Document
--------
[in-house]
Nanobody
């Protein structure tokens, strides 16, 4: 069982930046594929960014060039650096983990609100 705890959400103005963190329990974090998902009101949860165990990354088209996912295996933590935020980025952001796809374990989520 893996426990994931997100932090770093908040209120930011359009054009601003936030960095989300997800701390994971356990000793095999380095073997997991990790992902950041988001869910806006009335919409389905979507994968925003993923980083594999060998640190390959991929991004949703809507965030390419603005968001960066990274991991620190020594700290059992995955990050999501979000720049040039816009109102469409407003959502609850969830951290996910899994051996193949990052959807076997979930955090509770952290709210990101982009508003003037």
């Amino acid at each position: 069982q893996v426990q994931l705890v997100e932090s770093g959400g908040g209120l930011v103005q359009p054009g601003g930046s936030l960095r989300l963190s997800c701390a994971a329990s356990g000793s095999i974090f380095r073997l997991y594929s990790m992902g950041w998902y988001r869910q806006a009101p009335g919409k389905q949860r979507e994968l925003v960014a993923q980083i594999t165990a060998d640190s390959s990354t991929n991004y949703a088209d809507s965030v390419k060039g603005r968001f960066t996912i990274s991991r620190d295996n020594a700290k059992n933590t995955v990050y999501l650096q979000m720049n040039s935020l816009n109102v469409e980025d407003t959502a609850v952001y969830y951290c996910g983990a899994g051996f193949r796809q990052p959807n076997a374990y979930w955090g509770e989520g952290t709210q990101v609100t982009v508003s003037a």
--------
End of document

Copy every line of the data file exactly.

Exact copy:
[in-house]
Nanobody
């Protein structure tokens, strides 16, 4: 069982930046594929960014060039650096983990609100 705890959400103005963190329990974090998902009101949860165990990354088209996912295996933590935020980025952001796809374990989520 893996426990994931997100932090770093908040209120930011359009054009601003936030960095989300997800701390994971356990000793095999380095073997997991990790992902950041988001869910806006009335919409389905979507994968925003993923980083594999060998640190390959991929991004949703809507965030390419603005968001960066990274991991620190020594700290059992995955990050999501979000720049040039816009109102469409407003959502609850969830951290996910899994051996193949990052959807076997979930955090509770952290709210990101982009508003003037």
């Amino acid at each position: 069982q893996v426990q994931l705890v997100e932090s770093g959400g908040g209120l930011v103005q359009p054009g601003g930046s936030l960095r989300l963190s997800c701390a994971a329990s356990g000793s095999i974090f380095r073997l997991y594929s990790m992902g950041w998902y988001r869910q806006a009101p009335g919409k389905q949860r979507e994968l925003v960014a993923q980083i594999t165990a060998d640190s390959s990354t991929n991004y949703a088209d809507s965030v390419k060039g603005r968001f960066t996912i990274s991991r620190d295996n020594a700290k059992n933590t995955v990050y999501l650096q979000m720049n040039s935020l816009n109102v469409e980025d407003t959502a609850v952001y969830y951290c996910g983990a899994g051996f193949r796809q990052p959807n076997a374990y979930w955090g509770e989520g952290t709210q990101v609100t982009v508003s003037a």